PIA seeks aid over missing crew in Canada


The Pakistan International Airlines (PIA) is planning to seek the help from the country’s Federal Investigation Agency (FIA) and Canadian immigration authorities after two attendants on its flights to Toronto slipped away in Canada this week, a PIA spokesperson said on Saturday, adding the latest incident marked the 10th such case in a span of two years.

The development comes amid a noticeable surge in the number of Pakistani nationals attempting to reach developed countries in Europe and North America through irregular means in recent years, driven by their desire to escape challenging economic conditions at home.

In June last year, a weathered trawler carrying more than 750 irregular migrants, including 350 from Pakistan, sank near Greece, prompting Pakistani officials to sign a memorandum of understanding (MoU) with Greek authorities to enhance cooperation against human traffickers and avert similar tragedies in future.

The recent disappearance of two PIA employees, Flight Steward Jibran Baloch and Airhostess Maryam Raza, in Canada suggests the emergence of a similar trend among white-collar workers in the country. Baloch, who was aboard the Toronto-bound PK-782 flight on Feb. 29, failed to report back, while Raza, who flew to Toronto, did not show up for the return flight PK-784 to Karachi.

Confirming both incidents, PIA spokesperson Abdullah Khan said the airline, after implementing several measures, had decided to seek assistance from the FIA and Canadian immigration authorities to locate and bring back the missing cabin crew.

“Now we are planning some action through the FIA and Canadian immigration authorities,” Khan told Arab News. “Approaching them both.”

The development comes more than a month after Airhostess Faiza Mukhtar, assigned to PIA flight PK-781, disappeared in Canada in January.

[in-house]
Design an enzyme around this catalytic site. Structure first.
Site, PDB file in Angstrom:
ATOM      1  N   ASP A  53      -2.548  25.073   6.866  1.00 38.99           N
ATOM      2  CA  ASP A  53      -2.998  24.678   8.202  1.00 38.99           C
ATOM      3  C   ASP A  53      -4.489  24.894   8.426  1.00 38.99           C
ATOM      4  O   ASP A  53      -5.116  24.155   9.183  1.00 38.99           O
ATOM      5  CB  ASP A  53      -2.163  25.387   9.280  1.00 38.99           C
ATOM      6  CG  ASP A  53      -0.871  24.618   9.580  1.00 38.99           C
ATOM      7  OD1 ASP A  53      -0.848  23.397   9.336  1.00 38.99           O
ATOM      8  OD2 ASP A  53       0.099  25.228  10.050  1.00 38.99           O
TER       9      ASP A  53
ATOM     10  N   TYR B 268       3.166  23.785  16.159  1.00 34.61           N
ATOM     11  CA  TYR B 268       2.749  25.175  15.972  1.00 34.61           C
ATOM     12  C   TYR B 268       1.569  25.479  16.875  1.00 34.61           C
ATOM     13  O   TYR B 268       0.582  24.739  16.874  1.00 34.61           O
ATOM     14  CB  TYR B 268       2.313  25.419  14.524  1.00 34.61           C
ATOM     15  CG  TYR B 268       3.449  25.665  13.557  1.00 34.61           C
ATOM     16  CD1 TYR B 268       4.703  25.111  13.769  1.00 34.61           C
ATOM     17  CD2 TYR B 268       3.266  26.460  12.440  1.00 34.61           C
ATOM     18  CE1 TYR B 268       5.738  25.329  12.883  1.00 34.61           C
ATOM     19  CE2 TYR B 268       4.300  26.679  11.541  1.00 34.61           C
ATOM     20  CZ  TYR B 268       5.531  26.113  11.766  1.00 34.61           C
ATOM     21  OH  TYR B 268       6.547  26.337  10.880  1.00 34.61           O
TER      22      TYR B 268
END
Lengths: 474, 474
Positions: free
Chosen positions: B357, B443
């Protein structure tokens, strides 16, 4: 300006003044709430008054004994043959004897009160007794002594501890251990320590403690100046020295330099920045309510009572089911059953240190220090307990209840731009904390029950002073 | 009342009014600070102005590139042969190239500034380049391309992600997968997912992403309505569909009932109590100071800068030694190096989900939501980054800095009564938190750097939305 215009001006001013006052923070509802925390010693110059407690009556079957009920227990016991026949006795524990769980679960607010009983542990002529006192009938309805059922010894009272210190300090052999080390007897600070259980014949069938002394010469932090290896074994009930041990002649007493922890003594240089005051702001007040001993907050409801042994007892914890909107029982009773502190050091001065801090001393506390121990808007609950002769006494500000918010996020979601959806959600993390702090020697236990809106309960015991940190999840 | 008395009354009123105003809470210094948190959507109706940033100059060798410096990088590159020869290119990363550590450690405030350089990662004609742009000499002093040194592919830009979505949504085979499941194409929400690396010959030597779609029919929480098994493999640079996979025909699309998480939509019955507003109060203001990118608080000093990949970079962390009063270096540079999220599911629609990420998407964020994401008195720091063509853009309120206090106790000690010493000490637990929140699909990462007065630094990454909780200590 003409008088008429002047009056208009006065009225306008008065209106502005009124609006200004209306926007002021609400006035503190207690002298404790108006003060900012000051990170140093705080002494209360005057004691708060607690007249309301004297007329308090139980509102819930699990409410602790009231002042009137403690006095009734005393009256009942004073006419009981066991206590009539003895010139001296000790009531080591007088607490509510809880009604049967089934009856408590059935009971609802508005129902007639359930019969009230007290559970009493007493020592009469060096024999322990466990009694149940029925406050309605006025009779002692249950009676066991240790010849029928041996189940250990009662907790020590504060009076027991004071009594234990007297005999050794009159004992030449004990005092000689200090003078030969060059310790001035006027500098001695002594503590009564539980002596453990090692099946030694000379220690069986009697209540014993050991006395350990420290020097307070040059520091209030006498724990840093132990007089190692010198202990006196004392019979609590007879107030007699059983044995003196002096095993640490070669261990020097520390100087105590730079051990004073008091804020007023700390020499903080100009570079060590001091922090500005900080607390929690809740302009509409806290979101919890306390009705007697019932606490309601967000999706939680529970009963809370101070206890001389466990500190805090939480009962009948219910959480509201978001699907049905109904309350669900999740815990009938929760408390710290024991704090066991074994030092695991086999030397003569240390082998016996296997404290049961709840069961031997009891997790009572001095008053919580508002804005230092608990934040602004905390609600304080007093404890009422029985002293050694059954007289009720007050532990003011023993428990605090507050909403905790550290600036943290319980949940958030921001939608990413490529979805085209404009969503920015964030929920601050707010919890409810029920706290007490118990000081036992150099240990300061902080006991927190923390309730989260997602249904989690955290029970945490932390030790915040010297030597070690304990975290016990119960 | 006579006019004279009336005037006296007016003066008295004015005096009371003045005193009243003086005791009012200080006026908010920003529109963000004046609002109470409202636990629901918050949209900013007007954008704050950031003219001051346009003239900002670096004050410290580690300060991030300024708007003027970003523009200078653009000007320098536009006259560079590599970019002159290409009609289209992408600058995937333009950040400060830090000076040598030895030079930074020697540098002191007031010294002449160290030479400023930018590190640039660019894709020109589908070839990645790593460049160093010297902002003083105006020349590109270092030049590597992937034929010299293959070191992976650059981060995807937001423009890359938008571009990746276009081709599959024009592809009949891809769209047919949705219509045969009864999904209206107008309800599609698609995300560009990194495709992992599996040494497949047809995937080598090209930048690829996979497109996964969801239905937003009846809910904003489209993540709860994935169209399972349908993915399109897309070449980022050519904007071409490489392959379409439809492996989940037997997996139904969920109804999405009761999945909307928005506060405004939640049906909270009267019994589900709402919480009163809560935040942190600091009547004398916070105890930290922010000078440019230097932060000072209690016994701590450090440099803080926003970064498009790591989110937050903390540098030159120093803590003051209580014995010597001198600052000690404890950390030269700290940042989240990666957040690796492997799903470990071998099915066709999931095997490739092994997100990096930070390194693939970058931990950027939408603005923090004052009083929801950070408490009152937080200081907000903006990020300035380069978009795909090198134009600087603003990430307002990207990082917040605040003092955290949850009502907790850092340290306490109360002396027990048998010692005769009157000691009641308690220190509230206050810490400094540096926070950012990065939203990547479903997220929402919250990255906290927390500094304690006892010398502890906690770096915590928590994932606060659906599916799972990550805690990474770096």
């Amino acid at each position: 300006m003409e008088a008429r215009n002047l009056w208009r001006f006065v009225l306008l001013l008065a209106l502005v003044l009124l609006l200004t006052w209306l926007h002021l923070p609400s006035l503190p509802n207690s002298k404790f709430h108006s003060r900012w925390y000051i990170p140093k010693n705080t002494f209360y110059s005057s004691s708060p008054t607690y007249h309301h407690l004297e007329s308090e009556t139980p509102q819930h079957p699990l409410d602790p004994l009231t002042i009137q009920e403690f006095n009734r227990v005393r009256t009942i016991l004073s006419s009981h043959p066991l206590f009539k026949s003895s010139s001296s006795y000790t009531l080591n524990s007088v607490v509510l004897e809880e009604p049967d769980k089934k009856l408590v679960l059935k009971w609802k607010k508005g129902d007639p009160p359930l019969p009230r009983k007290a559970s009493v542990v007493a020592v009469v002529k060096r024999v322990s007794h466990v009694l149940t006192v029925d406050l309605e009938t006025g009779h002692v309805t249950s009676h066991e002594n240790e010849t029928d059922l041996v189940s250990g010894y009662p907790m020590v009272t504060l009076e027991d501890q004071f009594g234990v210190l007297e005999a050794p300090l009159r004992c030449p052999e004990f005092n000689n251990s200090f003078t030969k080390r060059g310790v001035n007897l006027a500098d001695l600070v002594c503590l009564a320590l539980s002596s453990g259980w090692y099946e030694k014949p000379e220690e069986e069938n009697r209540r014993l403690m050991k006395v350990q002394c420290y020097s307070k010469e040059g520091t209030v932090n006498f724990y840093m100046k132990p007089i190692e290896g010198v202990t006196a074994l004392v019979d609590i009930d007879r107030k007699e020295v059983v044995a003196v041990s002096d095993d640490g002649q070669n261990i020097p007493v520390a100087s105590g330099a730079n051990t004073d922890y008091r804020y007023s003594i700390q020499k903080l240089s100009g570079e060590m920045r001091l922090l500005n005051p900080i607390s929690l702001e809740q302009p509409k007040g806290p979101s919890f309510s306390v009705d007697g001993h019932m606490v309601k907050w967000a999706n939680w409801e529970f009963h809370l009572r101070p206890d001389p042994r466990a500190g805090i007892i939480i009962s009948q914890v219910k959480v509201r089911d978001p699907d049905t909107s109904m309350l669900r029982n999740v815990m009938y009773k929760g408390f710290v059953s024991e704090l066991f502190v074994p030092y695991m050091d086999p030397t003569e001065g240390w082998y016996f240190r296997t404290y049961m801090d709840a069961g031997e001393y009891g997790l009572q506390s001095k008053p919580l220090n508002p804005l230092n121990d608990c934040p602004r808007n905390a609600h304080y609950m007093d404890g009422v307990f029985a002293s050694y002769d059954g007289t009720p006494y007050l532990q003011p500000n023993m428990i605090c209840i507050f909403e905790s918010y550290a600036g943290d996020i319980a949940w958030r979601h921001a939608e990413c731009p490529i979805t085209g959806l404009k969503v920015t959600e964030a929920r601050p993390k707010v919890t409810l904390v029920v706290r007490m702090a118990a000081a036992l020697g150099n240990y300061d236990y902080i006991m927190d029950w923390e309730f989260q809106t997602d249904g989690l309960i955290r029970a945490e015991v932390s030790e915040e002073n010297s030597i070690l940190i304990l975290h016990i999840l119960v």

With three such cases this year, Khan said, the number of airline crew who “vanished” in the North American country had now reached 10 over the last two years, a trend he attributed to “easy access to asylum and general trend of people trying to flee the country.”

Khan said the airline had implemented various measures, including profiling and restricting crew to those aged 50 and above as well as retaining passports with the station manager upon arrival at foreign destinations, but none had proven effective in preventing the crew members from slipping away.

“A lot of things have been tried so far from profiling to sending only 50+ crew to retaining passports with the station manager upon arrival,” he said. “Nothing has worked.”

Pakistan has witnessed an economic meltdown over the last more than a year, with inflation hitting record highs, local currency devaluing and costs of living rising to unprecedented levels.

The situation has forced many young Pakistanis to leave the country, some even risking their lives, in search of greener pastures abroad.__Daily Times